“We join other women’s organizations today in expressing our outrage at Generation Opportunity’s new online ad ‘Want Creepy Uncle Sam?” said Kate Michelman, co-chair of WomenVote PA.  Michelman continued:

This ad represents a profound violation of a woman’s personal privacy and blatantly uses a woman’s most vulnerable situation – an OB/GYN exam – for political purposes.  It left me nearly speechless for the shocking insult it is to a woman’s dignity.  Further, this ad makes the case for removing government interference in health care, yet is brought to you by the same people who work day and night to insert government into decisions affecting a woman’s right to privacy and access to abortion and contraception.

Carol Tracy, executive director of the Women’s Law Project and co-chair with Michelman of WomenVote PA, said:

This ad is beyond offensive.  The strange Uncle Sam character is not just creepy; it is menacing and, with a leering grin and speculum in hand, it a clear depiction of sexual violence.  Those media outlets choosing to run this ad should be forewarned: the gender gap will undoubtedly grow larger with ads like this and women will be watching.  We believe this ad should be removed from circulation immediately.

The ad produced by conservative group Generation Opportunity and funded by the Koch Brothers, depicts a horror-movie version of Uncle Sam rising from between a young woman’s legs at her doctor’s office and assuming the doctor role himself — a satirical jab at President Obama’s government being allowed to “play doctor.”

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Filed under Government, Health Care, Health insurance, Women's health

IRS Ruling a Victory for Married Same-Sex Couples Across the Country!

Tara R. Pfeifer, WLP Staff Attorney

The Internal Revenue Service and the Treasury Department announced yesterday that the federal government will recognize the marriages of legally married same-sex couples for all federal tax purposes, regardless of where those couples reside.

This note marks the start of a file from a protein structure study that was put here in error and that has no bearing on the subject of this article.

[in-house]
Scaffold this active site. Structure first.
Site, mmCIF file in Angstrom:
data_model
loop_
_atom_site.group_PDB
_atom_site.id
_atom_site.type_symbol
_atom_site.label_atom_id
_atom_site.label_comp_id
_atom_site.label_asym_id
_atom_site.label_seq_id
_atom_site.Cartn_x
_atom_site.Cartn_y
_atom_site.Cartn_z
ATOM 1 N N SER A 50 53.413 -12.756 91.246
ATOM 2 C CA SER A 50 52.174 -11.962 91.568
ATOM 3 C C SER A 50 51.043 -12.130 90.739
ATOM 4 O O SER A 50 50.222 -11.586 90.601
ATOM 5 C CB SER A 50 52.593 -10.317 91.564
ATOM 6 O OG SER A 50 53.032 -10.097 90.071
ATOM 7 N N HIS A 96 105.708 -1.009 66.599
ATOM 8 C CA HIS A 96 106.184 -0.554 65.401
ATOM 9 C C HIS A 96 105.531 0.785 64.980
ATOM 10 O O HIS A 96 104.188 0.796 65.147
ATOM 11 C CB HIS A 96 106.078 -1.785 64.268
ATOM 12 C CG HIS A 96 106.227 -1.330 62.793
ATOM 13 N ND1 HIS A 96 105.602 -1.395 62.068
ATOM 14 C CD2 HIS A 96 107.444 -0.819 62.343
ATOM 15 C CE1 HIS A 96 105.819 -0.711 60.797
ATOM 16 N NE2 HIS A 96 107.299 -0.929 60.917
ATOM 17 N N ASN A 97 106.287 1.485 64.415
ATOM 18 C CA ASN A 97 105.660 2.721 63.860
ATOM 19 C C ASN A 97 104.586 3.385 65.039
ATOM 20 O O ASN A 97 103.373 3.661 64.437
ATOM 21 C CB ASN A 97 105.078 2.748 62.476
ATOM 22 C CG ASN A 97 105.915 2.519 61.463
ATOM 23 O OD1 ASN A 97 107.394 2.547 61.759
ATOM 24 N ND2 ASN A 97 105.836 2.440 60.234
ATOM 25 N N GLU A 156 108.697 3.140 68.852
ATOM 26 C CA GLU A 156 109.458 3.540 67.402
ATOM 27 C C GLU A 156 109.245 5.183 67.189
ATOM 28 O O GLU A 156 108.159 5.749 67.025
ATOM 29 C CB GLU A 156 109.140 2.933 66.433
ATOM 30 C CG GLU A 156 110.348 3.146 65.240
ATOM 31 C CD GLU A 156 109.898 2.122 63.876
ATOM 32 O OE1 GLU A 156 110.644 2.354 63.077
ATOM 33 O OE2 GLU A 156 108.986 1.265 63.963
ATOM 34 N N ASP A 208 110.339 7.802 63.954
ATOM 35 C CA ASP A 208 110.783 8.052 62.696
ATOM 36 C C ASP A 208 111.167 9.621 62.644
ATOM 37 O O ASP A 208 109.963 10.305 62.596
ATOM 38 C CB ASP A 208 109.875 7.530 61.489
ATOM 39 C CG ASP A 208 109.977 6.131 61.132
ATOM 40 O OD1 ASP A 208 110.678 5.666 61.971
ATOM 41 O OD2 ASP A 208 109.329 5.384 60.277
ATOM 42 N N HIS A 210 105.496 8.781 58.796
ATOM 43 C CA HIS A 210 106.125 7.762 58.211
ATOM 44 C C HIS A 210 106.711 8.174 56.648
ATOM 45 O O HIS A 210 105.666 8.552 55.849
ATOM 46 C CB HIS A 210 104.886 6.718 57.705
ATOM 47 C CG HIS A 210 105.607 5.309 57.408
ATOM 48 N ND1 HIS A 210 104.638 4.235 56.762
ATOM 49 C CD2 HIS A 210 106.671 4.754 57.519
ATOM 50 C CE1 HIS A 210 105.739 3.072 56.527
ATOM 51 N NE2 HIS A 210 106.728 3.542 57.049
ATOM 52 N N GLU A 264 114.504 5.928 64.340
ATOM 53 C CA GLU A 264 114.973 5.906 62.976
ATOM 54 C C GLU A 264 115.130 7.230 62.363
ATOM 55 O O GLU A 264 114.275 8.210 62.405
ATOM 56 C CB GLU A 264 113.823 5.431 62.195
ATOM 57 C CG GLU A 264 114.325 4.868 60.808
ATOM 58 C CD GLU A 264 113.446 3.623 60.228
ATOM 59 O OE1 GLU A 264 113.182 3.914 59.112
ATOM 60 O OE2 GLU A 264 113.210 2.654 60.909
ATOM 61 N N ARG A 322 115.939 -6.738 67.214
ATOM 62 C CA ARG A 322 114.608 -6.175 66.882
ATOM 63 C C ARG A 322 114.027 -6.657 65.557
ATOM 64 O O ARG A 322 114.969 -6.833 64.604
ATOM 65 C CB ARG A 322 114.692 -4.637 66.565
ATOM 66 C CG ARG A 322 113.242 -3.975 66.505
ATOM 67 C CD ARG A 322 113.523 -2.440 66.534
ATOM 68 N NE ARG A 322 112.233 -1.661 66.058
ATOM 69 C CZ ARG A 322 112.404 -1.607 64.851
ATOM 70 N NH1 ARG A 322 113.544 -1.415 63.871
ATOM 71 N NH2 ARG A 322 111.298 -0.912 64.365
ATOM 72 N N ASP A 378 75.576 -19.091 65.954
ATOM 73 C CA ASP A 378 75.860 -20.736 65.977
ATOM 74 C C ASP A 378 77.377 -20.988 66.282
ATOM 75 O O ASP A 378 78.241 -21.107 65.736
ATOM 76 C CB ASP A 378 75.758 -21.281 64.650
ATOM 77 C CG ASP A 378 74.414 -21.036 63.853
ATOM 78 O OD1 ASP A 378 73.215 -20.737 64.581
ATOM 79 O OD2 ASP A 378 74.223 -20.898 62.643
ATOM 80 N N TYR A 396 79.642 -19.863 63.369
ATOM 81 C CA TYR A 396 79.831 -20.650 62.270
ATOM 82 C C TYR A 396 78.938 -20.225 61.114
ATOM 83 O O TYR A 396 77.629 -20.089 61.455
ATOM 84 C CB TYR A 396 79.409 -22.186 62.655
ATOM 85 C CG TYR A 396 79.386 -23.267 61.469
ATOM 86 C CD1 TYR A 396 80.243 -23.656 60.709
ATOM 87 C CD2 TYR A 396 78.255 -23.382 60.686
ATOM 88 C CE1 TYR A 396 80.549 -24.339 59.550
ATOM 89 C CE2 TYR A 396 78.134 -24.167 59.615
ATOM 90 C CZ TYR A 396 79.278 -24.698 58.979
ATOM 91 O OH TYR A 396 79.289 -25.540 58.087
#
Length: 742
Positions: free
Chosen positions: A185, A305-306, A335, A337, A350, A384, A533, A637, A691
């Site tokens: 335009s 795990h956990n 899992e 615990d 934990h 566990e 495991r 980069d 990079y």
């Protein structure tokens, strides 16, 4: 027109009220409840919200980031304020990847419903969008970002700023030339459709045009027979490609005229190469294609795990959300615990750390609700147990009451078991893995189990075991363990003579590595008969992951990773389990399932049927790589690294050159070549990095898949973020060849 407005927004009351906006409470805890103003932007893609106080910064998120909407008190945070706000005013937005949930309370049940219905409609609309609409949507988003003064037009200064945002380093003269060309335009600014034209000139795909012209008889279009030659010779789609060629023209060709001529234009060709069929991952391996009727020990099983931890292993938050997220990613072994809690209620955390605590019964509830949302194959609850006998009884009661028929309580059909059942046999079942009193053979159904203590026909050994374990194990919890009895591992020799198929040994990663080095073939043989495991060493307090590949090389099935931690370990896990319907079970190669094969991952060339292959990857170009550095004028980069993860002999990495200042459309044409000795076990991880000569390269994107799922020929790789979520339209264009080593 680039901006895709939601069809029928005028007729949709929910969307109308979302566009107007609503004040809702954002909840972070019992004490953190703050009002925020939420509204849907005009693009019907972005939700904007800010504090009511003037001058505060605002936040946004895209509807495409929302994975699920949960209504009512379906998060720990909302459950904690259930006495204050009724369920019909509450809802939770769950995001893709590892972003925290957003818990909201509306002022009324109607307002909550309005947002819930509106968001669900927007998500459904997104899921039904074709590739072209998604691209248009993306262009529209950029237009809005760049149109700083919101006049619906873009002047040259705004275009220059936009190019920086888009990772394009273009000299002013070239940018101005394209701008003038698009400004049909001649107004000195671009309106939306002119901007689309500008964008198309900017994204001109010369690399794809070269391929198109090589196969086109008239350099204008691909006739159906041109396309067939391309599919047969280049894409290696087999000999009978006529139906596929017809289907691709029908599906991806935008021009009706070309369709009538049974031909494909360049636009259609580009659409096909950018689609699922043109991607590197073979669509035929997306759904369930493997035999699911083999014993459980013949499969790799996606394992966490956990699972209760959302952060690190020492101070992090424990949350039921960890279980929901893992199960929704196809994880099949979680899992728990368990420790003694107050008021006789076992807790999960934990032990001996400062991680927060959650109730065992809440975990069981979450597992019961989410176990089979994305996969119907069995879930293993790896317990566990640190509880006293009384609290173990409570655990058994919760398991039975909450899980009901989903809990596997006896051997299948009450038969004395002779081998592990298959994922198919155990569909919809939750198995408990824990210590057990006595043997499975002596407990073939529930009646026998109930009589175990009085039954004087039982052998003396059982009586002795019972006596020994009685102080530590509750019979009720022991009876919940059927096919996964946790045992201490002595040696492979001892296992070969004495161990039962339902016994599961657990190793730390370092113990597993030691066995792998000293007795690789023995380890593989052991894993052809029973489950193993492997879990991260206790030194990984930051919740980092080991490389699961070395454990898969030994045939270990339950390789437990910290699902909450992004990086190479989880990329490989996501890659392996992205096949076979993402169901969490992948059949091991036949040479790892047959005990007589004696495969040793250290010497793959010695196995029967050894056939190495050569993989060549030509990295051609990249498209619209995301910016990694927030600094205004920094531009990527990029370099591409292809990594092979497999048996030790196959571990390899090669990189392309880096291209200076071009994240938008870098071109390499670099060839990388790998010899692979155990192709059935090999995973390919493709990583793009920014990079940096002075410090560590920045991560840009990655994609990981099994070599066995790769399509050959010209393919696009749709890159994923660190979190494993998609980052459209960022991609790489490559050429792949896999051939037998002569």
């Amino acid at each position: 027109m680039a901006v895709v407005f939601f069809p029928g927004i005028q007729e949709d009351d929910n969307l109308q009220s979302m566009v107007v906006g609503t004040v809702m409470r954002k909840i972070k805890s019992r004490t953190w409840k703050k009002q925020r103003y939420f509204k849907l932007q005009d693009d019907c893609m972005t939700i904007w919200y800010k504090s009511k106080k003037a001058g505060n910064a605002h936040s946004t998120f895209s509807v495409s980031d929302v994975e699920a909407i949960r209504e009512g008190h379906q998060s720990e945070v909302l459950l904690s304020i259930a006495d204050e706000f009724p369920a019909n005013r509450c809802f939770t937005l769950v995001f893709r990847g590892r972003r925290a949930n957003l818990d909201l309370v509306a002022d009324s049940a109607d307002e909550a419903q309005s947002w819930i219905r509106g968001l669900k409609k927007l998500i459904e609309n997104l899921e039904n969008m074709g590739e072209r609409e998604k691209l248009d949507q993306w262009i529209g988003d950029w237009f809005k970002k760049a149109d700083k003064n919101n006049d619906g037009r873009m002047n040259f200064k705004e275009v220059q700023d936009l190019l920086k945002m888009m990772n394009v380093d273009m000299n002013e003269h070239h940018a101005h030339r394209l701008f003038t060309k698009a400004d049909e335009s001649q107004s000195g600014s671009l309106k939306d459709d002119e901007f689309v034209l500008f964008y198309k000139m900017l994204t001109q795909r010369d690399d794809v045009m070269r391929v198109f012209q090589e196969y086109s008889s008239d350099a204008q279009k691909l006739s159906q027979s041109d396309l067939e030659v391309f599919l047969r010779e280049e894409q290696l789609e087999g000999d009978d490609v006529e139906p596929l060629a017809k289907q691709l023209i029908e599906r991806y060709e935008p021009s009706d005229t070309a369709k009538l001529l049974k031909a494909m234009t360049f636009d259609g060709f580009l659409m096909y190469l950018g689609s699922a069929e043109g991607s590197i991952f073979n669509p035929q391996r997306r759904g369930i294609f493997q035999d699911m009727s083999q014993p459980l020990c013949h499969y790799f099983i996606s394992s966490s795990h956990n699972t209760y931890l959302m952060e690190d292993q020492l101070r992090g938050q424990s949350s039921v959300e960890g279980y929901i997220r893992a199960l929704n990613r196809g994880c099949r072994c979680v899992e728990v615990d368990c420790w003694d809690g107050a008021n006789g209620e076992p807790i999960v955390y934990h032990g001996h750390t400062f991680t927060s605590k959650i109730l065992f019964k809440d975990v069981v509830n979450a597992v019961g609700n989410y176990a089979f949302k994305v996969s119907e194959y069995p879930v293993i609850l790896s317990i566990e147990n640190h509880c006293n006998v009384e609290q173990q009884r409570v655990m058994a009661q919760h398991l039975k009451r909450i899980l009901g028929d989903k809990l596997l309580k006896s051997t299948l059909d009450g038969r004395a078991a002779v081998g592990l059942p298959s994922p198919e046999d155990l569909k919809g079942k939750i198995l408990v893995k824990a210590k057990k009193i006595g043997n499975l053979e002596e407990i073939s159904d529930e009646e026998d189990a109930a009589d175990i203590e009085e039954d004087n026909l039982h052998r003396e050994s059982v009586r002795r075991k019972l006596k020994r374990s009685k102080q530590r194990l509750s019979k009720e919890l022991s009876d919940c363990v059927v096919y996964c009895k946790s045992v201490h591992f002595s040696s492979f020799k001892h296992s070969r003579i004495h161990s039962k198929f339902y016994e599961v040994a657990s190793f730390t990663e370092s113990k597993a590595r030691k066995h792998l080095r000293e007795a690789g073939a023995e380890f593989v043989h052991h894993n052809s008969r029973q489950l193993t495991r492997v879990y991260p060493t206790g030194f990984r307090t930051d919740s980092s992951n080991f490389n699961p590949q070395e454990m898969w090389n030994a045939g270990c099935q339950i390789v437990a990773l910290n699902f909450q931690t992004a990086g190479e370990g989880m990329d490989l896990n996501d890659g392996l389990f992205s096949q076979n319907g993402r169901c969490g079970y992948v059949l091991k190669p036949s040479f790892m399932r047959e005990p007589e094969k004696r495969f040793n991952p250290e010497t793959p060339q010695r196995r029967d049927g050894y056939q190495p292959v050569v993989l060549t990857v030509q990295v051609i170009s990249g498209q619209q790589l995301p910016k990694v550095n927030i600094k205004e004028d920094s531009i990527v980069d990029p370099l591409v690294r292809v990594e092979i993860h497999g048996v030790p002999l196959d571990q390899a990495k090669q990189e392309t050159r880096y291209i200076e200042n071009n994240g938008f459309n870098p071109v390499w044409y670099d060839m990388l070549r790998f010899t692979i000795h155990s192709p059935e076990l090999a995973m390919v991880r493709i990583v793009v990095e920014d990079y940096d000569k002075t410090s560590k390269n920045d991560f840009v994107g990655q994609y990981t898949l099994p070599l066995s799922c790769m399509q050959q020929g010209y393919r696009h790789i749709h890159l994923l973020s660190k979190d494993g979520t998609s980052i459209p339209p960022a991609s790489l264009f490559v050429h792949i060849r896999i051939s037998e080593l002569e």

This landmark ruling comes on the heels of the United States Supreme Court’s decision in U.S. v. Windsor in which the Court overturned a key provision (Section 3) of the Defense of Marriage Act.  Section 3 defined the terms “marriage” and “spouse” for purposes of federal law as pertaining only to legal unions between one man and one woman.  Yesterday’s announcement clarifies that when it comes to evaluating the federal tax status of same-sex married couples, it is the “place of celebration” – where the wedding took place – that controls, not the state where the couple resides.  Thus, same-sex couples that marry in one of the states where same-sex marriage is legal, such as New York or Massachusetts, but reside in Pennsylvania will be recognized as married by the IRS and Treasury Department for federal tax purposes.

Pursuant to this new policy, all federal tax provisions where marriage is a factor, including filing status, IRA contributions, child tax credits, gift and estate taxes, etc. will apply to all legally married same-sex couples.  The Treasury Department further announced that, under the policy, refunds can be filed for the prior three years’ returns (2010, 2011, and 2012). According to Jacob Lew, Treasury Secretary, this interpretation “provides certainty and clear, coherent tax filing guidance for all legally married same-sex couples nationwide.  It provides access to benefits, responsibilities and protections under federal tax law that all Americans deserve.”

While there is still significant progress to be made to achieve marriage equality rights in Pennsylvania and most other states, yesterday’s ruling is a tremendous victory and step forward for married same-sex couples.

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Filed under Federal Court, Government, Internal Revenue Service, LGBTQ, Marriage Equality

PA Dropped More Than 9% Children, Pregnant Women & Families from Medicaid!

Aly Mance, WLP Intern

According to a new national report covered by the Philadelphia Inquirer, there has been a dramatic drop in Pennsylvania’s Medicaid enrollment.  According to the Kaiser Family Foundation report, Pennsylvania dropped more than 9 percent of children, families, and pregnant women from Medicaid over the past year.  This percentage is nearly triple that of any other state in the country.  Pennsylvania’s total Medicaid enrollment also dropped 5.3% during the time period of the report, June 2011 to June 2012.  This is the sharpest drop in any state in the past 5 years.  Meanwhile, in other states, Medicaid enrollment is on the rise.

It should come as no surprise that the timing of the report coincides with the time when the Corbett administration directed state workers to conduct expedited reviews of thousands of backlogged cases.  The result was a decline of more than 80,000 insured children over several months.  Enrollment in Pennsylvania’s smaller Children’s Health Insurance Program (CHIP) also fell during this time.